Huber's marching-band percussion on "The Old Gospel Choir" sticks to the swoon-inducing guitars that add a huge emo flavor before spinning off into more hazy, distorted territory. The dual vocals of Brendan Lukens and Jacob Ewald strengthen the album so much and their interchanges are near-perfect. This stands out on the album and shows it's not a necessity to craft songs with happy endings. Their lyrical candor bounces off romantic themes and extrapolates so much from life, but what makes this song so hard-hitting is a mid-tempo pacing, allowing the lyrics time to simmer and soak in. It's about inferring how delicate the balance in life is when it comes to moments of exuberance and little extrusions that jag at those fucked-up situations we often find ourselves in, hating a significant other. And yeah, on that note, this IS NOT a record to take in if you just had a bad break-up. Then again...

"Charlie Black" is a nice gear switch into a hard rock realm and it's a rush of blood to the head if you were being bogged down with their poppy, intrepid style. It's almost as exceptional as the track above with a very solid, grave temperament, but it doesn't stick as much. That doesn't take away how resounding the mid-card of the record is. The pacing again really is so well done. "Your Graduation" feels like an accoutrement of victory as it highlights their indie-punk flair. So much style, yet so much substance, and if you're in denial about this, hit up "Pothole," which swings into the acoustic anecdote that's fucking heartbreaking and tear-jerking, in the very least. It's about someone wanting to be placed atop the mantle, of someone who doesn't deem them worthy enough. Them feelings. This album is full of them and it's assuredly going to be dubbed their best work to date. I bet everything on it.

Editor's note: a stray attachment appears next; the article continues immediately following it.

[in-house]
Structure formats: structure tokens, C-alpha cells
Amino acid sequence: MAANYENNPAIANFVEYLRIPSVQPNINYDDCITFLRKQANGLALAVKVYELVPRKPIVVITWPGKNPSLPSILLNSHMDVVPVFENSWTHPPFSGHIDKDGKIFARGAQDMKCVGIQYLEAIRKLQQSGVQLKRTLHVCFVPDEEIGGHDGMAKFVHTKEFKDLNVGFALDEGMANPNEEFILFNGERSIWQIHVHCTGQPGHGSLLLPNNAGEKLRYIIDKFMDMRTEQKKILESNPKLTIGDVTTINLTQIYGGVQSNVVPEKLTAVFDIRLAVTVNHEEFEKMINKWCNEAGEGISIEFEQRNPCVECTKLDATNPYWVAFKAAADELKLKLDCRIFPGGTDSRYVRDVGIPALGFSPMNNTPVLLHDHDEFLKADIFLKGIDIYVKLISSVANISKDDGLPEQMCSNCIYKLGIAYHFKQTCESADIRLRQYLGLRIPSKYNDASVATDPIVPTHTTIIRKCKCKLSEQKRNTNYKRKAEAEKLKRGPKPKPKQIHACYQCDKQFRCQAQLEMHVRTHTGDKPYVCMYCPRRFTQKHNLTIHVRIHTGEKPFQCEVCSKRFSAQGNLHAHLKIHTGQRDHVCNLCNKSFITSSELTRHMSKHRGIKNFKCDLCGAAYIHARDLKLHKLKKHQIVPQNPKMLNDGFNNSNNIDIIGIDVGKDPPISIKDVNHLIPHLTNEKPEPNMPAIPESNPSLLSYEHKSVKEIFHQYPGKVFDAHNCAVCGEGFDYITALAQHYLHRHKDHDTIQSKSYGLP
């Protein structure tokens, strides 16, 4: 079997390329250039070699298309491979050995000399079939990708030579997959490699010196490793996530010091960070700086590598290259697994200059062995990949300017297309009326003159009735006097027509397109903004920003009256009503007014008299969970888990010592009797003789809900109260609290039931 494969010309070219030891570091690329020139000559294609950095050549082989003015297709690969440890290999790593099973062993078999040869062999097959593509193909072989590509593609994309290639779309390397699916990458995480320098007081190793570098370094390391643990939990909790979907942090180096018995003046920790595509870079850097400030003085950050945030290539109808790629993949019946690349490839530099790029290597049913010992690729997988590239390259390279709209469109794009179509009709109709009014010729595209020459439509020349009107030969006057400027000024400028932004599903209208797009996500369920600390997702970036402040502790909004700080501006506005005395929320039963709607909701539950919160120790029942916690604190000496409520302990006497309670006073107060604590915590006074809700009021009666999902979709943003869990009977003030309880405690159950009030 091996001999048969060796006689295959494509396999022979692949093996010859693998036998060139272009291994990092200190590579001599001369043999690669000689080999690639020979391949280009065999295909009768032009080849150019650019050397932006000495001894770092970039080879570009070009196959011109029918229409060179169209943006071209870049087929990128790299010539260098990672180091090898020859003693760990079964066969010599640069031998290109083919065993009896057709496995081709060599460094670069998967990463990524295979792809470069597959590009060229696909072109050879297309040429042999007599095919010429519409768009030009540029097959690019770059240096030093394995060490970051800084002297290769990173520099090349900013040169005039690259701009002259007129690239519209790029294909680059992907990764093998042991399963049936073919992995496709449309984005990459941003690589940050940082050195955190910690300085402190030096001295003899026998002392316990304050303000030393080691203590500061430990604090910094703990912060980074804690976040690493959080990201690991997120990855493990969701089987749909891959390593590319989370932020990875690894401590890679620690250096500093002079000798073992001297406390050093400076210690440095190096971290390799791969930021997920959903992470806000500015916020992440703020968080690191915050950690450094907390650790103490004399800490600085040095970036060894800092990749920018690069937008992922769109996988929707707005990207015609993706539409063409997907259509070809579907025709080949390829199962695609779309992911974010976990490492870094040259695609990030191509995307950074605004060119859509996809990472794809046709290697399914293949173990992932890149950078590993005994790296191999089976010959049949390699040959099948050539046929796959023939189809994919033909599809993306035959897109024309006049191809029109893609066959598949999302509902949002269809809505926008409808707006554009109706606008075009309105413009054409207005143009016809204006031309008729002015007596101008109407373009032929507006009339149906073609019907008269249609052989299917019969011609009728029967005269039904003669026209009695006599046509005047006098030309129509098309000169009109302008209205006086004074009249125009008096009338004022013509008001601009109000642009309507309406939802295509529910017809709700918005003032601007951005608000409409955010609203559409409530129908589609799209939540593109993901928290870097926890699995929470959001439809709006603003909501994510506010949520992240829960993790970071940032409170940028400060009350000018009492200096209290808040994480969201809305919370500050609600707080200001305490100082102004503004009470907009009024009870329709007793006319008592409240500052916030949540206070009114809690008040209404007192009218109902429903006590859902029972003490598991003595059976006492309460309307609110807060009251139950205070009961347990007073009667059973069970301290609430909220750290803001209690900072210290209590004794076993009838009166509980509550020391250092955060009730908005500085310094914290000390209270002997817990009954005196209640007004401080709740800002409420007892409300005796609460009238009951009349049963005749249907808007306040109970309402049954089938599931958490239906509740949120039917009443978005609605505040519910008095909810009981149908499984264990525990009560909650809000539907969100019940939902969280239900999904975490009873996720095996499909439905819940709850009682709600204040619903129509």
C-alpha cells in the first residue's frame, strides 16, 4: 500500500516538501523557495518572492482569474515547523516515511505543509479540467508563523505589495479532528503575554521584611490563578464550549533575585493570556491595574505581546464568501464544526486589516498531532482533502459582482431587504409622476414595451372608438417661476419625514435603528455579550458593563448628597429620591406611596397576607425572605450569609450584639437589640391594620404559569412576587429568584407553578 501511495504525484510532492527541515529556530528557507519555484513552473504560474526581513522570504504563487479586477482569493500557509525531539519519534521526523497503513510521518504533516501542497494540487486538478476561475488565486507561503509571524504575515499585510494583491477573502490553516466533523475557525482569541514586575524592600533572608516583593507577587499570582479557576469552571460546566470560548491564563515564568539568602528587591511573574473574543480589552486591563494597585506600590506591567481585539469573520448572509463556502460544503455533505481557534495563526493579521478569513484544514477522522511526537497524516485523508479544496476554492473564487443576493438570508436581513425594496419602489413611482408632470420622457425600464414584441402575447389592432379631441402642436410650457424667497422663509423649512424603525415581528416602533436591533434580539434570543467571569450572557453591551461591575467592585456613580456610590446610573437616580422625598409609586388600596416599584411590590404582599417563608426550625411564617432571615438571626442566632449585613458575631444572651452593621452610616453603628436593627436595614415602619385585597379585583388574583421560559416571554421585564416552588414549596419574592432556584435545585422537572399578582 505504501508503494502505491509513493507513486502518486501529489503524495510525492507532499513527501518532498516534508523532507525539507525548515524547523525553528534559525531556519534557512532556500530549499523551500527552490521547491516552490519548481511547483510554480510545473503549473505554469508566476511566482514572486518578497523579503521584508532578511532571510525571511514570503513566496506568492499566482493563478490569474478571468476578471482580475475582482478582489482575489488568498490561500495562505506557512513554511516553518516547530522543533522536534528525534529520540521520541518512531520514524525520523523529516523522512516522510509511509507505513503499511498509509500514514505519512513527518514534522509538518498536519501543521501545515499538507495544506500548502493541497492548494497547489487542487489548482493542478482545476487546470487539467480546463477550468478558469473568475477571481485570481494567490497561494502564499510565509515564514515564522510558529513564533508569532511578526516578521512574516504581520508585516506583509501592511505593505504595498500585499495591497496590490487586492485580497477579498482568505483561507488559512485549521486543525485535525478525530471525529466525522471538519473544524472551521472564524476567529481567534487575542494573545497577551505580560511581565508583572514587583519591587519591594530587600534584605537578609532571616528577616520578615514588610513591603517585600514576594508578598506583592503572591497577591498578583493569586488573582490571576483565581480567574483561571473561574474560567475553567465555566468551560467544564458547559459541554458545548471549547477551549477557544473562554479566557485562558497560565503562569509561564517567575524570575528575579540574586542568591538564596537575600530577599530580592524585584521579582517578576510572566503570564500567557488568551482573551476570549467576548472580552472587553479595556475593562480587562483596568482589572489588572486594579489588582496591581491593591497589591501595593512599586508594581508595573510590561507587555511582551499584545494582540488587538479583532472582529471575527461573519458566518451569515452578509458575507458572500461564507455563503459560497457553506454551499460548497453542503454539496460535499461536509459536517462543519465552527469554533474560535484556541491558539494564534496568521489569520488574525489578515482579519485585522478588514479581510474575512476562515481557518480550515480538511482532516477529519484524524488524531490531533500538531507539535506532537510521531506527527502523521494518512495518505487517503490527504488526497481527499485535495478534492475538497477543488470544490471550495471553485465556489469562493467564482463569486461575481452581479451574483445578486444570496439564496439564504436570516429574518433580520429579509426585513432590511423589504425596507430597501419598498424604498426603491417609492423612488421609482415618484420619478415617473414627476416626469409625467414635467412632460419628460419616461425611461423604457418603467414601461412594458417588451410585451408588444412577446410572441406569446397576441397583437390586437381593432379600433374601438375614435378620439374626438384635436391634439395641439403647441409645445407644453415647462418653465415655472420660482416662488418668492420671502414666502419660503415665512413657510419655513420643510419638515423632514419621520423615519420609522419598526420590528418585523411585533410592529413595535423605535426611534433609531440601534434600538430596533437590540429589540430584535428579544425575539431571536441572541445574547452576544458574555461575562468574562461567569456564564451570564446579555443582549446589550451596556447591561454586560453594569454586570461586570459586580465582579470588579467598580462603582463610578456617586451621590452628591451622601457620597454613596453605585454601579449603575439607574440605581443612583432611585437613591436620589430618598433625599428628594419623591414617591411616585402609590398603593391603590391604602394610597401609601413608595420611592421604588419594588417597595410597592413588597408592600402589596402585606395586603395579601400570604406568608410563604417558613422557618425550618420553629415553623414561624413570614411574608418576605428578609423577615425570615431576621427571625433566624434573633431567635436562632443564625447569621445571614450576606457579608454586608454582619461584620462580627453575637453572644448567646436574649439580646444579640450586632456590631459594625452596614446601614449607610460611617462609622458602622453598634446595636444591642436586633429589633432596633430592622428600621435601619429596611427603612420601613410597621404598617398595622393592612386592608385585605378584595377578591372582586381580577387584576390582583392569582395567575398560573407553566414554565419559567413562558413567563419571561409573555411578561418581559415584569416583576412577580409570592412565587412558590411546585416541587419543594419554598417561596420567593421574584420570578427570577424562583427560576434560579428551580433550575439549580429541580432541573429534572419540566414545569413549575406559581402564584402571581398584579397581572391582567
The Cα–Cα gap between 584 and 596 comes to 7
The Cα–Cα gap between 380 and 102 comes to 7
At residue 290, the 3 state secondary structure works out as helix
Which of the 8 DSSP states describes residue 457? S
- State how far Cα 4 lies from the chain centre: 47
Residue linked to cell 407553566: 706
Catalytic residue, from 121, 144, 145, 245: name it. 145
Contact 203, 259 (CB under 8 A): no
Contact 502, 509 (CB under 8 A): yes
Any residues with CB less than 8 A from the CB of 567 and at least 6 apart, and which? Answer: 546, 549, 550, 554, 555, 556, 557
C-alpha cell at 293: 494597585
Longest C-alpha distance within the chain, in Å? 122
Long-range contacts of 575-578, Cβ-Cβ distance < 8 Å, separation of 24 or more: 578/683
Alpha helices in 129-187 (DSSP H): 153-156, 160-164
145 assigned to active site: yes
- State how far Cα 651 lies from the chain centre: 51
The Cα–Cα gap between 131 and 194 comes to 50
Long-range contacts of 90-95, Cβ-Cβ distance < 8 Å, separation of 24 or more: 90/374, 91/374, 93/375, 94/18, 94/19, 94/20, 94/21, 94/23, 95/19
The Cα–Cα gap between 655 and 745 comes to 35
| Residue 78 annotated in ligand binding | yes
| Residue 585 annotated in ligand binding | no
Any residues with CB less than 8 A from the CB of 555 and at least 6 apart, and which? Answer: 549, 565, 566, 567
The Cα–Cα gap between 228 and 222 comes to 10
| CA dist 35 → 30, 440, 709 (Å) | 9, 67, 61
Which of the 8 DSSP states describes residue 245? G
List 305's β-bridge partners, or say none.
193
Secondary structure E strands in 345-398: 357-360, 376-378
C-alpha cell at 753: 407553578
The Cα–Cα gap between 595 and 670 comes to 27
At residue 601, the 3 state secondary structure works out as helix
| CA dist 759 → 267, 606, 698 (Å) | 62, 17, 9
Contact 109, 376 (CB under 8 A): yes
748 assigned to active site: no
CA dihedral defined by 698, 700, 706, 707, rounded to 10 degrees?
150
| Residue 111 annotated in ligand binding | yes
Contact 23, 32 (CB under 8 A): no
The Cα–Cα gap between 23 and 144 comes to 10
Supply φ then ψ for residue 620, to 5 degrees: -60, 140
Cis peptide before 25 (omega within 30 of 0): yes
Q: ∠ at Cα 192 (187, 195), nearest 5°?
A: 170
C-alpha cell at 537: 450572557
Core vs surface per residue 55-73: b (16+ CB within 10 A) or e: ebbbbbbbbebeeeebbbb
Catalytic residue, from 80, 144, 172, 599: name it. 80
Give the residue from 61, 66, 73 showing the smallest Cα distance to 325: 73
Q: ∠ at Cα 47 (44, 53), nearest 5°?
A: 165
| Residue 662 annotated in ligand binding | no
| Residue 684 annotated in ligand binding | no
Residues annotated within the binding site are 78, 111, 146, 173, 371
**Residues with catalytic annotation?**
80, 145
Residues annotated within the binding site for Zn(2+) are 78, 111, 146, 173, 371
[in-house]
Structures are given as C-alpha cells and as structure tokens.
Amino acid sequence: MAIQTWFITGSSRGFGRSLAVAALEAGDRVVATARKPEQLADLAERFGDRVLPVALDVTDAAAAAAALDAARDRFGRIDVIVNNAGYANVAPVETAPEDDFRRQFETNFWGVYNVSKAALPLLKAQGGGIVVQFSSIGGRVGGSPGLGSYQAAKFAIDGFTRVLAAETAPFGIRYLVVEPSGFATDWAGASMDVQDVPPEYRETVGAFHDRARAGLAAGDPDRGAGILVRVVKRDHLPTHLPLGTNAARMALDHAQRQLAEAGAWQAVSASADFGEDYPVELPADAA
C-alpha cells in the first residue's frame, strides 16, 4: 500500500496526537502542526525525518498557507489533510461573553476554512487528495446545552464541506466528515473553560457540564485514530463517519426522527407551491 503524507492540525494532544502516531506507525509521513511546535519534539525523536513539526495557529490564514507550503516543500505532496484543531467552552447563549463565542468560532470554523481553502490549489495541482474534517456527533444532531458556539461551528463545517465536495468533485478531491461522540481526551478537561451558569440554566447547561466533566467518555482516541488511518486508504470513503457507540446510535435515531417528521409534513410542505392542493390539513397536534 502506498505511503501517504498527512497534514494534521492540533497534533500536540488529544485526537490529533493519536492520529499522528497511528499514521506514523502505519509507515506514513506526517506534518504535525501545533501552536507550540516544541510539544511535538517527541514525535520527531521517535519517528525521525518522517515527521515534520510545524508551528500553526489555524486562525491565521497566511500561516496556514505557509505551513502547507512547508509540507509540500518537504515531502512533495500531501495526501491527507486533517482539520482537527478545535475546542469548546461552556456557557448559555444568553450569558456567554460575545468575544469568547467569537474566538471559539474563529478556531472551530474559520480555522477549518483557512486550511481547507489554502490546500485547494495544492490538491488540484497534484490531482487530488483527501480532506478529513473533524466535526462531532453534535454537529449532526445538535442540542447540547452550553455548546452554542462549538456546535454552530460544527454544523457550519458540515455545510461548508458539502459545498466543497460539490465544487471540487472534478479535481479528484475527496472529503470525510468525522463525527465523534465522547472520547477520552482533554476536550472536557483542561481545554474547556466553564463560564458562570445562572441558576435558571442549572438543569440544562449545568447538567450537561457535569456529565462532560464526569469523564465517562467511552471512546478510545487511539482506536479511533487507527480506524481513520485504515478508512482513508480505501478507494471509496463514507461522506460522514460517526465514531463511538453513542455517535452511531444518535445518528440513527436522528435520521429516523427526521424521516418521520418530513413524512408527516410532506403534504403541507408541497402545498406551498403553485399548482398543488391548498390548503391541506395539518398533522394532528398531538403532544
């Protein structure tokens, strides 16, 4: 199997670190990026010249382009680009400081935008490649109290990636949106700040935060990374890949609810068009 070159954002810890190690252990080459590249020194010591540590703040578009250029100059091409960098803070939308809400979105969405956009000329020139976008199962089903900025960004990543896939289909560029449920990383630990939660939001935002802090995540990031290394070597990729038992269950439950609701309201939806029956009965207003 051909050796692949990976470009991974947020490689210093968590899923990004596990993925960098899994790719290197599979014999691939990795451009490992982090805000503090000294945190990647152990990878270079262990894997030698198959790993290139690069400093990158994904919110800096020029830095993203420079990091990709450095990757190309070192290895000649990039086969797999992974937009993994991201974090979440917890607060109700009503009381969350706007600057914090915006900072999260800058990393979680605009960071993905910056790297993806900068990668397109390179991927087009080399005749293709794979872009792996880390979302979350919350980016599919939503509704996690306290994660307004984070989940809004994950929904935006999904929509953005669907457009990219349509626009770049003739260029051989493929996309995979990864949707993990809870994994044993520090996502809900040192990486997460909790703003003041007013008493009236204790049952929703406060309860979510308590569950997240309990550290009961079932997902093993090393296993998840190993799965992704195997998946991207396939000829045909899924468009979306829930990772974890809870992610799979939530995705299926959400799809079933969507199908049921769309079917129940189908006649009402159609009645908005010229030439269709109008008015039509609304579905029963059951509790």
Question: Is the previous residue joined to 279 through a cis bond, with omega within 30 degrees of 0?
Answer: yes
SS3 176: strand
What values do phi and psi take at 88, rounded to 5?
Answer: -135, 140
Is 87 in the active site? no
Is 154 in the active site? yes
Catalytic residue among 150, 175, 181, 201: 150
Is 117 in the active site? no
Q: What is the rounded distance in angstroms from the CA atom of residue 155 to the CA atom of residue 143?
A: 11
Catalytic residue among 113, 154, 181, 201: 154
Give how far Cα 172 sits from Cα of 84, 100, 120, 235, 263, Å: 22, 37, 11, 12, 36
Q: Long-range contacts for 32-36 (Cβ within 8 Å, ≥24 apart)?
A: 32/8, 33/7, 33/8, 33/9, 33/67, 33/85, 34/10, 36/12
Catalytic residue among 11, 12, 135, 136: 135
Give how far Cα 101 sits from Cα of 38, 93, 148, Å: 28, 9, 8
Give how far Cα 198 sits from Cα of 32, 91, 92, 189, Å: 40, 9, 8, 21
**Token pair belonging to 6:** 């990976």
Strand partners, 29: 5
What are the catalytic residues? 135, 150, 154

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Fine Print: The following comments are owned by whoever posted them. We are not respon sible for them in any way. Seriously.
keithybobeefy (February 20, 2014)

After a week of listening to this it has grown on me leaps and bound. Really good record.

mouseteeth (February 16, 2014)

Sports was definitely better.

cincodemilo (February 15, 2014)

So so similar to Sports. The band has definitely improved and there is way more power on this record, but all the songs are coming from the exact same place and it feels like many of them weren't written long after the last record at all. And that's great. I fucking loved Sports. This is like the Through Being Cool to their Can't Slow Down. Small improvements. Production is better. But it's the same awesome band. I think this and Sports are going to end up a tie.

pokinatcha (February 14, 2014)

Sports was better.

dev (February 14, 2014)

Sounds like a pop-punk Weakerthans.

leecorsoisapenis (February 14, 2014)

Counterfeit Money Machine is my jam.

sacrificialpizza (February 14, 2014)

Yeah, those lyrics about Instagram and Twitter are cringe worthy. Really it's a mediocre album. People will go nuts over this because it's a cool band to like now. Overall it was just boring after the 2nd listen. And I really liked Sports

danperrone (February 13, 2014)

it's a pretty decent record with the emotional depth of "that awkward moment"

sometimes i just want the vocalist to shut the hell up and stop talking about instagram. kid just ends up sounding like a bitch.

kursk64 (February 13, 2014)

Do like. Broken Cash Machine is my jam.

keithybobeefy (February 13, 2014)

Really liked Sports. I'll have to check this out.